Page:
Polish PM 'seriously considering' cancelling Israel visit

Mateusz Morawiecki reportedly considering cancelling participation in conference in Israel following Netanyahu remarks about Holocaust law.

Elad Benari,

Mateusz Morawiecki
Mateusz Morawiecki
Reuters

Polish Prime Minister Mateusz Morawiecki is "seriously considering" cancelling his participation in the Visegrad conference, which is scheduled to be held in Israel next week, in the wake of Prime Minister Binyamin Netanyahu’s comments on the Polish Holocaust law, Kan 11 News reported on Thursday evening.

The Visegrad group is made up of Poland, the Czech Republic, Hungary and Slovakia. Next week’s meeting would be the first time the group convenes in Israel.

Earlier, Netanyahu publicly flouted the Holocaust law during a state visit to Warsaw.

“Poles collaborated with the Nazis,” said Netanyahu in Warsaw Thursday. “See, I’m saying it. It is a fact. And I don’t know a single person who was ever sued because of it.”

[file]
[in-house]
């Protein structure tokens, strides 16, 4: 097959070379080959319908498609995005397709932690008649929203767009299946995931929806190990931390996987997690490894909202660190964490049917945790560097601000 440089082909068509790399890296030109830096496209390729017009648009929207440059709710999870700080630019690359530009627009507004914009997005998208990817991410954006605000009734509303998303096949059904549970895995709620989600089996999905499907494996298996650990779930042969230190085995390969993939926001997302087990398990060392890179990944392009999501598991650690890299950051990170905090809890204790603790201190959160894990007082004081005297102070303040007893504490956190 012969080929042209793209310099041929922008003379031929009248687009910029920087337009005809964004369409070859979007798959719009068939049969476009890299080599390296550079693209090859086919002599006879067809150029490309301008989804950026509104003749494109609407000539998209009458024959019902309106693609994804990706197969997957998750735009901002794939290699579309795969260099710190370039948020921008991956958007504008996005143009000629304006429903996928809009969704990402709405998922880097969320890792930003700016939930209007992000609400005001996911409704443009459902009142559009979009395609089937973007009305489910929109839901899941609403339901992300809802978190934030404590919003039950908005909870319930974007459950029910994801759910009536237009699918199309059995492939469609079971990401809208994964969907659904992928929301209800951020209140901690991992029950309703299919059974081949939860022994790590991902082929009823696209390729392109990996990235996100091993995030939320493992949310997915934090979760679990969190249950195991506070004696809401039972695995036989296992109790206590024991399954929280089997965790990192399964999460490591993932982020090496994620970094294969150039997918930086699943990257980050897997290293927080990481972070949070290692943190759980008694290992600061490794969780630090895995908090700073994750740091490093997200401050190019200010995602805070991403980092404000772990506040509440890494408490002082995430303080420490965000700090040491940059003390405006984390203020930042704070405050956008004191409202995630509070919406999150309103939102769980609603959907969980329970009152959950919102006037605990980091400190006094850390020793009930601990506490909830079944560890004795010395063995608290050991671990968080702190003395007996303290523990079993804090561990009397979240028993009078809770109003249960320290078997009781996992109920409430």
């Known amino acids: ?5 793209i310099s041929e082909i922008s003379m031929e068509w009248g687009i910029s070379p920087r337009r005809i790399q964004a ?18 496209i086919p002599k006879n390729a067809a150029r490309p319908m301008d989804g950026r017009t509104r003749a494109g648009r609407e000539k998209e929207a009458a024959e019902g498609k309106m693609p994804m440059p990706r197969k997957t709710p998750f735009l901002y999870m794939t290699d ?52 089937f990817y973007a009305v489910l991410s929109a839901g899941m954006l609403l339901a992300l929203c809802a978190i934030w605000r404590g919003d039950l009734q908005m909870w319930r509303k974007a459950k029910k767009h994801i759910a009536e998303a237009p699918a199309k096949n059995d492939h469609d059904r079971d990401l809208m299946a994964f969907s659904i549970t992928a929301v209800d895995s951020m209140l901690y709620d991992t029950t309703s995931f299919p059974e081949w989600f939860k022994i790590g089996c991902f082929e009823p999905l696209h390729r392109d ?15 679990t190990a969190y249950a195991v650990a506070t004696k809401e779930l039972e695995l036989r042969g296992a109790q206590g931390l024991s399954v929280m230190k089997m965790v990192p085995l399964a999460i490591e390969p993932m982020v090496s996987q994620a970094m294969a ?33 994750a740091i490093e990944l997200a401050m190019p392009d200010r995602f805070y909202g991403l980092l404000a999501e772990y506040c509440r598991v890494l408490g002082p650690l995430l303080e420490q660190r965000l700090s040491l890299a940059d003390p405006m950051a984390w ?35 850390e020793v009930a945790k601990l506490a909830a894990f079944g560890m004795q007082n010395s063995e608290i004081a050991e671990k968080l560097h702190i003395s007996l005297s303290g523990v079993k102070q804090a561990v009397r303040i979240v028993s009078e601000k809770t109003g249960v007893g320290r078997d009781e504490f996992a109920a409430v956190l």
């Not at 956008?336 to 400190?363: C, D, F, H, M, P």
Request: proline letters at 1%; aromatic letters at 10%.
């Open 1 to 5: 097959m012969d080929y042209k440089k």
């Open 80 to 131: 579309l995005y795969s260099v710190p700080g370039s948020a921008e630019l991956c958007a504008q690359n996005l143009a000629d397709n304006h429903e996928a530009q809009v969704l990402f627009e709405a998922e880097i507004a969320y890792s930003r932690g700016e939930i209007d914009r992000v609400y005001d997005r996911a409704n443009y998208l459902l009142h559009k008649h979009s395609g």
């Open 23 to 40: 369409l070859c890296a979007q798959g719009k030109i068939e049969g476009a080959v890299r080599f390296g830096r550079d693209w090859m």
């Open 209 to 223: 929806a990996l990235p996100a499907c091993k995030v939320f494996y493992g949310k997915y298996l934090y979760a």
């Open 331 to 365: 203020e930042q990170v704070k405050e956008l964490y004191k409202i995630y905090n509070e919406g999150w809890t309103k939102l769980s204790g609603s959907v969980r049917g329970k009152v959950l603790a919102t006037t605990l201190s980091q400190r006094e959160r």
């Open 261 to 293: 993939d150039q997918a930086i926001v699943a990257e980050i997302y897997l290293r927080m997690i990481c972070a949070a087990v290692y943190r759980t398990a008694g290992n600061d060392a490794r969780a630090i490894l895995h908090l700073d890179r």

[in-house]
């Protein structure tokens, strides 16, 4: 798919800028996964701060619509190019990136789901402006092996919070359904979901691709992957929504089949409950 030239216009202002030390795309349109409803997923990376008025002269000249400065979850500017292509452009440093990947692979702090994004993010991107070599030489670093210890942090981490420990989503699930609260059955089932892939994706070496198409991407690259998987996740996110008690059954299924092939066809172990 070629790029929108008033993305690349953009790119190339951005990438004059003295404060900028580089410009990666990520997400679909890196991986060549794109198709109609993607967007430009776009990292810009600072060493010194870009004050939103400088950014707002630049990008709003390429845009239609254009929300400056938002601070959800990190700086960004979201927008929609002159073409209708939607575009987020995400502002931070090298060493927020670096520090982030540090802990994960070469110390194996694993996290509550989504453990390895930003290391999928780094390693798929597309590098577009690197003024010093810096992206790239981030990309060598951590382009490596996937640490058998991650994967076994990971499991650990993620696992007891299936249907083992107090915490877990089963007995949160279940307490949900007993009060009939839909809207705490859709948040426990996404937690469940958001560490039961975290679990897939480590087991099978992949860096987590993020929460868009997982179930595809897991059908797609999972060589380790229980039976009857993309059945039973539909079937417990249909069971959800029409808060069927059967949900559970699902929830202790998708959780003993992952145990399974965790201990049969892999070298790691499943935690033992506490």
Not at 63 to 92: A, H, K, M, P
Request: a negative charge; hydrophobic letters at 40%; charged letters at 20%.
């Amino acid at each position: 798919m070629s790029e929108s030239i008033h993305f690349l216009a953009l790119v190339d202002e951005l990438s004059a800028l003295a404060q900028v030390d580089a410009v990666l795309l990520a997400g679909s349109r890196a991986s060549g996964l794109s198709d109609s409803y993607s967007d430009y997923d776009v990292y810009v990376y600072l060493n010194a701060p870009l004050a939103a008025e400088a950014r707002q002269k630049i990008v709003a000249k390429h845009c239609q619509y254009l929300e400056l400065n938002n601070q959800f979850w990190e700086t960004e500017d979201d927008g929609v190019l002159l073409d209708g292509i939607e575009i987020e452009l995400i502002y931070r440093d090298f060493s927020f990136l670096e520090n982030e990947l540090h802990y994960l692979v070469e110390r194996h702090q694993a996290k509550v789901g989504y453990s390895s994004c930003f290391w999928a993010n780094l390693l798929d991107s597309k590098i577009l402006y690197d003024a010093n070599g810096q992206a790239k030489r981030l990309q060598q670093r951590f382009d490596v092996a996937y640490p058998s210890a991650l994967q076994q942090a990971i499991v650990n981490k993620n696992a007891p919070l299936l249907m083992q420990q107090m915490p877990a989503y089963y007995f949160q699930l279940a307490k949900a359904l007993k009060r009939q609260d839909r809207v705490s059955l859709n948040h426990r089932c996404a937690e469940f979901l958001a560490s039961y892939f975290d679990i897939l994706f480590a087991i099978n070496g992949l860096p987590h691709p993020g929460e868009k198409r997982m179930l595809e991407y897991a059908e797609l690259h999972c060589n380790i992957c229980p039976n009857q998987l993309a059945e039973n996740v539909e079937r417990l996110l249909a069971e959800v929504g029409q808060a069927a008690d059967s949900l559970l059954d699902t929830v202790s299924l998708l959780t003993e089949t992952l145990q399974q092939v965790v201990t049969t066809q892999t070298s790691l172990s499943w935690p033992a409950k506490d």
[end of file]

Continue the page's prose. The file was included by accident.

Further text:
Netanyahu added that the issue of Poland’s Holocaust censorship law was raised during his meeting with Morawiecki.

In response, Morawiecki’s office released a statement calling Netanyahu’s comments “surprising”.

Morawiecki also tweeted Thursday evening, writing that there was "no Polish regime" during the Nazi occupation, emphasizing that both Jews and Poles suffered under German rule.

The Holocaust law, originally approved in January of 2018, made the use of the term "Polish death camp" punishable by up to three years in prison.

The legislation prompted sharp protests from Israel, as well as criticism by the United States, among other countries.

Poland subsequently changed the legislation to remove fines and jail terms of up to three years for anyone found guilty of ascribing Nazi crimes to the Polish nation or state.




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